38.5 MB (5.0 MB compressed)
3308 x 4069 pixels
27.9 x 34.5 cm ⏐ 11.0 x 13.6 in (300dpi)
ALFRED PASIEKA / SCIENCE PHOTO LIBRARY ALFRED PASIEKA / SCIENCE PHOTO LIBRARY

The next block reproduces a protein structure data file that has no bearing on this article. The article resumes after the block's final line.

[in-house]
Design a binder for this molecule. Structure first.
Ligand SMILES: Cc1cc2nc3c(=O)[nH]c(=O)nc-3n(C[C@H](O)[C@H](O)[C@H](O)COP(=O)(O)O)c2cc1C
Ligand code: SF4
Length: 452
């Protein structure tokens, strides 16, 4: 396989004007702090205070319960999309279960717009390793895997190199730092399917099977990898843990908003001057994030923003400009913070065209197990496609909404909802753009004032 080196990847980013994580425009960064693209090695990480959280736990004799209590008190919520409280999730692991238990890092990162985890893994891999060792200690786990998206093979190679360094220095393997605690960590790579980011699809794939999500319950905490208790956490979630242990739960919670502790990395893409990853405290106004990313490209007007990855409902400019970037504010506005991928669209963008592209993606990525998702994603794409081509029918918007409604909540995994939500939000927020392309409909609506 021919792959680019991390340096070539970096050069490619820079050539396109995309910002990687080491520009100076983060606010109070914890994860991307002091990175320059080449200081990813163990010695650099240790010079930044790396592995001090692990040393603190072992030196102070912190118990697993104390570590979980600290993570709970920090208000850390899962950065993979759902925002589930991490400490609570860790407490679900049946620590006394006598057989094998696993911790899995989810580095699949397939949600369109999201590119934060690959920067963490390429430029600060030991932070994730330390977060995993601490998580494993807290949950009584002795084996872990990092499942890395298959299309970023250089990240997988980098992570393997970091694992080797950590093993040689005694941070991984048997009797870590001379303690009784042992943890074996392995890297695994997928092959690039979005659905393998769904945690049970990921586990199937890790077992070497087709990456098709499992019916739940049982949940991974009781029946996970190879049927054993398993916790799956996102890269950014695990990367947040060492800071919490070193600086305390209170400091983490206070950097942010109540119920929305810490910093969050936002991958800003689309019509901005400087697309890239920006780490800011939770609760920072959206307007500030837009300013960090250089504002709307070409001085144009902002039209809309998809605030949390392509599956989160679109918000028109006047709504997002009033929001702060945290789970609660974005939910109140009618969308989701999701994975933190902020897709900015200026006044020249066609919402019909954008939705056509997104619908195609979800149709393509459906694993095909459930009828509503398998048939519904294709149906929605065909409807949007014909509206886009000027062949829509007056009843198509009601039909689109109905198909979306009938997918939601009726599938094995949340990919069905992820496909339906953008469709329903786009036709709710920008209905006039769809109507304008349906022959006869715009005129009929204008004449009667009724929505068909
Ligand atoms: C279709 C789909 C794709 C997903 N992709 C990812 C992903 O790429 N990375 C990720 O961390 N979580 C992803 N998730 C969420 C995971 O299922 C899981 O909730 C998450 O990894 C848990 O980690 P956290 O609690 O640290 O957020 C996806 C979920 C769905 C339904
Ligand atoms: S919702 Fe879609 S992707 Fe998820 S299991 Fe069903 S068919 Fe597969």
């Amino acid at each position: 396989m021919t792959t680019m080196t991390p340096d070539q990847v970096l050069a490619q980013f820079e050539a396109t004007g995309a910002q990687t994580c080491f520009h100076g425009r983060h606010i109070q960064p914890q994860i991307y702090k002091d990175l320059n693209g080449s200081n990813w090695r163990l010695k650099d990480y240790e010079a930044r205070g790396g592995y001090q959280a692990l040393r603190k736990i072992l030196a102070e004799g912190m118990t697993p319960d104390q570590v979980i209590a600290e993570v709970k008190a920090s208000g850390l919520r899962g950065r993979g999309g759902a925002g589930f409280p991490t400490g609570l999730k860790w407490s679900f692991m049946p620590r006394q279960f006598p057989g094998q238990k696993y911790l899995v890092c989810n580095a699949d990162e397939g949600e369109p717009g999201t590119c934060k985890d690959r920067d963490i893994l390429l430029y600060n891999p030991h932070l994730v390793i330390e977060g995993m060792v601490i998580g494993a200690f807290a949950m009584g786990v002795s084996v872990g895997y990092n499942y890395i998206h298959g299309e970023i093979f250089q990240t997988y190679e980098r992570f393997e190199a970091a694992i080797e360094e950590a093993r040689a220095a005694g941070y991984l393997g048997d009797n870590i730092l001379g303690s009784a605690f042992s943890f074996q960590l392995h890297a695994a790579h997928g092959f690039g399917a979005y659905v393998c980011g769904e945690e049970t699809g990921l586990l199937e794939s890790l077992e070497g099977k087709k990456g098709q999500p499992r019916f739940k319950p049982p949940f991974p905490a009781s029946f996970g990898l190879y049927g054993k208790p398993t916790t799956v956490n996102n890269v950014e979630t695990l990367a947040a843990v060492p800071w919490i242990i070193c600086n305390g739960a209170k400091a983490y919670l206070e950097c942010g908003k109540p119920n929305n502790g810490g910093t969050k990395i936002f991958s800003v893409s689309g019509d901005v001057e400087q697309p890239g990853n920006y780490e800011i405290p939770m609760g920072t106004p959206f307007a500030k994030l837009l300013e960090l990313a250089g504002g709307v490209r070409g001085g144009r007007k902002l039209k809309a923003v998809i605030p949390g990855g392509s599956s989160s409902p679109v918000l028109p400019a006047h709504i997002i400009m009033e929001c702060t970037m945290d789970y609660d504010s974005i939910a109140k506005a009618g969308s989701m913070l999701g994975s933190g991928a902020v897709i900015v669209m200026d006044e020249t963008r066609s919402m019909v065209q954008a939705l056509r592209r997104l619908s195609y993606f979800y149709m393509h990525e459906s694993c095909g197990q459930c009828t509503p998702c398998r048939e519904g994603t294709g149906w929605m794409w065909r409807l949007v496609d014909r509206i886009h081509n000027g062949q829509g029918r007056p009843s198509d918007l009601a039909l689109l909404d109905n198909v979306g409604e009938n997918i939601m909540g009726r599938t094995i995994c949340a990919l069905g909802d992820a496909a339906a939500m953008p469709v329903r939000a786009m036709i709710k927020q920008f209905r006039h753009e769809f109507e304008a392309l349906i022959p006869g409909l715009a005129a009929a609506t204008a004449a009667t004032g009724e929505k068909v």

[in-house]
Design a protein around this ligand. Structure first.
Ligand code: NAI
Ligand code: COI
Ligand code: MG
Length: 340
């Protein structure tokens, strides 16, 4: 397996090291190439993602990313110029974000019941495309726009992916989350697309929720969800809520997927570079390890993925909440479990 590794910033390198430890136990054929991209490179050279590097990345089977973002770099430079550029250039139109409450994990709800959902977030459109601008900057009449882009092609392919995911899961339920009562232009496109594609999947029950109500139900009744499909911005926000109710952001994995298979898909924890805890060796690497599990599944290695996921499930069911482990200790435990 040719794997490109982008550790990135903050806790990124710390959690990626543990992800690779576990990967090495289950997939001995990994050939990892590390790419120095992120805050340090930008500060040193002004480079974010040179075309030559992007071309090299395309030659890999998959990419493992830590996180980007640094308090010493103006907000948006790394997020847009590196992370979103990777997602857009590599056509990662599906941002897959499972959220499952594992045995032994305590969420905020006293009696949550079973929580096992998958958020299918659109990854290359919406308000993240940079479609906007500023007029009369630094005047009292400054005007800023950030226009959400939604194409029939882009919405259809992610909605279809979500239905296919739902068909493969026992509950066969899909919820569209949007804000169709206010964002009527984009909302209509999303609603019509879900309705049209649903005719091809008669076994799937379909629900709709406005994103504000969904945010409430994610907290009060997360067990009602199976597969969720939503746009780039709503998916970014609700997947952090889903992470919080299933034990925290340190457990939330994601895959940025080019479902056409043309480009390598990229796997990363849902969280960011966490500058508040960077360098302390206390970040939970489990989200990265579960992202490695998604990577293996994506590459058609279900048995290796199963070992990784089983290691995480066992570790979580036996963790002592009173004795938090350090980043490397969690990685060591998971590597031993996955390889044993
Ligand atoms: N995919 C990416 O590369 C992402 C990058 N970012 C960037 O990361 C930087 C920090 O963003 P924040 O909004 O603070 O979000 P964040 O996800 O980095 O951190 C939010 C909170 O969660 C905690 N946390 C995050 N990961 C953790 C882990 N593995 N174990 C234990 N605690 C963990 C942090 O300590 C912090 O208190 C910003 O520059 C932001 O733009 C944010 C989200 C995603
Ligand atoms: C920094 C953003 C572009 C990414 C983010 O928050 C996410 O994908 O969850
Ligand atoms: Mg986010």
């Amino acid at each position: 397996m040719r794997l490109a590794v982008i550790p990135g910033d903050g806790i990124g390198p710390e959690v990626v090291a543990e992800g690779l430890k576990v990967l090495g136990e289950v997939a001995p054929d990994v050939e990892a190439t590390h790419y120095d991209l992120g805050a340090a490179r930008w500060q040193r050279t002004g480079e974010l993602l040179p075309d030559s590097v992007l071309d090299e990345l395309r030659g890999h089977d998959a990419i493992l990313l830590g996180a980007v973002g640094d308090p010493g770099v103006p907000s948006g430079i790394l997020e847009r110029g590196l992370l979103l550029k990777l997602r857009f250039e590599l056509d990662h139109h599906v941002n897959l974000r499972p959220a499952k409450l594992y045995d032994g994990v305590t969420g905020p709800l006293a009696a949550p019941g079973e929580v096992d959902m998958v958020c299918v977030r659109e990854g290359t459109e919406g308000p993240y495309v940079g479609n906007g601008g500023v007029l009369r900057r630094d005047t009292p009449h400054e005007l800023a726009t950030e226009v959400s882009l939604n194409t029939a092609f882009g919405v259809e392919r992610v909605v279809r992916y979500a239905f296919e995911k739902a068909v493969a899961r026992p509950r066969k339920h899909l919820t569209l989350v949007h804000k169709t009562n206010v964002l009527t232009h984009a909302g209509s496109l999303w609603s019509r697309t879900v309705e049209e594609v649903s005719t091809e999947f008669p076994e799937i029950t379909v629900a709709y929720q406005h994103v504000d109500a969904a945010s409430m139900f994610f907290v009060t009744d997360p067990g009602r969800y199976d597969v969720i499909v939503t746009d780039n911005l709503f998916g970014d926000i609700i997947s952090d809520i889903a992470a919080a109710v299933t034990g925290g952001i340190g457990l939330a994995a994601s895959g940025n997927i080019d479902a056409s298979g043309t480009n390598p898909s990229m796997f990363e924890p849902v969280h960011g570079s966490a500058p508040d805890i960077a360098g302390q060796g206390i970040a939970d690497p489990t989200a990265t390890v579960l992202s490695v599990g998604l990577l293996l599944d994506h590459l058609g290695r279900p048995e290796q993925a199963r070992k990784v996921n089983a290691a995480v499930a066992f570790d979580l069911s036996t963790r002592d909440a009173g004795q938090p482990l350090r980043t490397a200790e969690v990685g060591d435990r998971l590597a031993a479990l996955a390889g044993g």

Cilia. Computer graphic of a cross-section through bristle-like extensions called cilia which protrude from the surface of a cell. This type of cell surface is found, for example, in the human windpipe (trachea). Each cilium contains a bundle of parallel microtubules (tiny pink flame-like structures seen at the tip of each cilium) which originate from 'basal bodies' lying just inside the cell cytoplasm. Cilia perform a beating motion by sliding adjacent microtubules over each other. The function of cilia varies with cell type; some protozoa use cilia for locomotion; respiratory tract cilia help to keep the air passages clean. Magnification: x10,000 at 6x4.5cm size.
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